Behind the Scenes – A Dream Delivered: The Lost Letters of Hawkins Wilson

Big news for me: I recently wrapped filming my first ever short film! It was an incredible experience and I got the chance to meet and vibe with so many incredible people along the way. From the staff at Velocity who produced the film (like Dayo Harewood), to the director (Rashidi Harper) and director of photography (Robert Benavides), I got a chance to geek out on cameras and lighting, talk hip hop, and be with other creatives as I did what I love and learned a lot along the way. 

So…what’s the film about?

A Dream Delivered: The Lost Letters of Hawkins Wilson details the life of Hawkins Wilson, a formerly enslaved man who utilized the Freedmen’s Bureau to try to reconnect with his family. Hawkins’ letters have been seen everywhere from the National Archives website to text books and more. The letters so clearly describe the destructiveness of enslavement while also showing the hopes the formerly enslaved had in repairing the havoc the slavery system caused their families.

Hawkins’ May 11, 1867 letter drafted at the Freedmen’s Bureau in Galveston, Texas – the site of the first ever Juneteenth – includes a detailed account of which specific slaveholders enslaved his family members and important details such as the locations where they were enslaved.  

Those of us who do genealogy research know how incredible Hawkins’ account is, yet we also know that there are a lot of factors out of our control that determine whether or not we can find out more about him and his family despite the large amount of information he gave

Did Hawkins and his family ever reunite? Do records that document his enslavement still exist? All of these questions, and more, are answered in the short film.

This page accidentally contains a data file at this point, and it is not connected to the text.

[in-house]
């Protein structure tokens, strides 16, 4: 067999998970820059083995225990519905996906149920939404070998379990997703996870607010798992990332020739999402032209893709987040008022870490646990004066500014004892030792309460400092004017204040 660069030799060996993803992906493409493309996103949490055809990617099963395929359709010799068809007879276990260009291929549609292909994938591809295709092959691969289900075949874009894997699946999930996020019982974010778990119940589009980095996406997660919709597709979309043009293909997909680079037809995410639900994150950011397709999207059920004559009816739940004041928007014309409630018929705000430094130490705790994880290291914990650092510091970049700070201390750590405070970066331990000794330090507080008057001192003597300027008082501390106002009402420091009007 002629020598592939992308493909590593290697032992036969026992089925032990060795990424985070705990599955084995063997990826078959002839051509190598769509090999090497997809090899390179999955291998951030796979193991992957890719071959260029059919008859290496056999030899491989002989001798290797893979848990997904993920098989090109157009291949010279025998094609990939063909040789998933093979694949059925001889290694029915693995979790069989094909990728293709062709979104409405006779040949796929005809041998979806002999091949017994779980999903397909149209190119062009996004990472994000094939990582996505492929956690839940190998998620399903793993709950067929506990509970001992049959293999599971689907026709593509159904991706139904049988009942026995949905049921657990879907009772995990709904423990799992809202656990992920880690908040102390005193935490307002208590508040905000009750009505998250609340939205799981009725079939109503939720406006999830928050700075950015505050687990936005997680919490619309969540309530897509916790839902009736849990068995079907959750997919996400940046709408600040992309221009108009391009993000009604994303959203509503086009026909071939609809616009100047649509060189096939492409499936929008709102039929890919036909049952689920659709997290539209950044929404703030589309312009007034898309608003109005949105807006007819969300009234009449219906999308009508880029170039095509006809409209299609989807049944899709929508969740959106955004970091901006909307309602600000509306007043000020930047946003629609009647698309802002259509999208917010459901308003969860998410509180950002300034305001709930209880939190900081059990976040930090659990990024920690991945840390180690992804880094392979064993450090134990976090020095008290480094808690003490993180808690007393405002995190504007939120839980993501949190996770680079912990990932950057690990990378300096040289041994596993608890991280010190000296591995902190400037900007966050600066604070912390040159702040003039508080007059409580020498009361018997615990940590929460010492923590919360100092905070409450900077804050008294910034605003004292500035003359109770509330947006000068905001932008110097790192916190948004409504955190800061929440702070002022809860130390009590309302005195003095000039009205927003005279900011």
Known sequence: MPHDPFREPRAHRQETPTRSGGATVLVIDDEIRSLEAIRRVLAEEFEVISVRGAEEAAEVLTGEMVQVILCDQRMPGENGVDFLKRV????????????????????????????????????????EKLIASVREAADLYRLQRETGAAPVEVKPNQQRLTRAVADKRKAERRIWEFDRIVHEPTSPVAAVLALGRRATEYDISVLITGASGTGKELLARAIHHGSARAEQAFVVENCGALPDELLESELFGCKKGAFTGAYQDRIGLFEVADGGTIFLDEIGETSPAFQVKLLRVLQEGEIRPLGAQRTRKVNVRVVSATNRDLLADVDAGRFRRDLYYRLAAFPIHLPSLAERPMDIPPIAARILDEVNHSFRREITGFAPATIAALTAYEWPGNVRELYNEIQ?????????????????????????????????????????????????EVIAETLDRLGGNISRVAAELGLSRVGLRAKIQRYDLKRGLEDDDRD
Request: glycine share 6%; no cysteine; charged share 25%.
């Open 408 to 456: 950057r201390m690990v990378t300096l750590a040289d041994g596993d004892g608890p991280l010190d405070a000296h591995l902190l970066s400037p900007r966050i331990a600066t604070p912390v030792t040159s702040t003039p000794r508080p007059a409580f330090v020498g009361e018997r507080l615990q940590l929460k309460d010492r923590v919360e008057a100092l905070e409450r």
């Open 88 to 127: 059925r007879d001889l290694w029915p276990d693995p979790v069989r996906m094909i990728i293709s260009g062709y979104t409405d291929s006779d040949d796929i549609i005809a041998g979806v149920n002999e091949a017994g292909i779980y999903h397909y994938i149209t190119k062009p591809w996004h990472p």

You can view the film at Ancestry.com/BlackHistory 

You can also stream the film on Paramount+ and Pluto TV.

An outdoor scene of a rooftop, with a water tower labeled Town of Boydton
Nicka Sewell-Smith seen from chest up, wearing yellow mask
Safety first!
A wide view of a rural church, made of red bricks

Hawkins Wilson wrote two letters that are became part of M1913, Records of the Field Offices for the State of Virginia, Bureau of Refugees, Freedmen, and Abandoned Lands, 1865-1872. Source: Ancestry. You can also see a color scan of the original at the National Archives.

The Filming Process

My part of the film was shot in four locations across three states. I definitely mastered the art of driving and answering questions coherently, while being filmed by two cameras, and tracked by drones. Trust me, it looks easier than it actually is. **Laughs*,

These were my first visits to these locations and the thing that stuck out to me was how much Galveston was such a Gulf Coast city. I didn’t really imagine Juneteenth in the way that I should have until after my trip there to shoot the film. We should all remember that the word came down in an area that is literally the beach! I made a vow to constantly bring the name Galveston back to the Juneteenth story as I feel it’s been way overshadowed by other places. Let’s make sure we give them their pearls!

One of the more hilarious parts of filming was when one of the crew had to be smashed behind me in the SUV I was driving so you wouldn’t see them in the shot. He was such a trooper. 

While this wasn’t my first trip to the set rodeo, it was the first piece I’ve done that was of this length. That made for much longer days, but I truly loved every minute of it, especially since the crew was so welcoming of my curiosity and just being there got them asking about their own families and being curious about tracing them.

It was truly an honor to be a part of telling this story! There are SO many more that live within the records of the Freedmen’s Bureau. Search for yours today, for FREE! 

Interviews and more interviews

There’s been some awesome opportunities to talk about the film with the press. You can check out links here (more will be added as they’re published):

So…what did you think of the film? Share your thoughts below!

My knees would have been a hot mess because I ain't Meg!
Boyd Tavern served was an inn and muster
location for Confederates during the Civil War. It dates back to 1790
and has a very checkered history.
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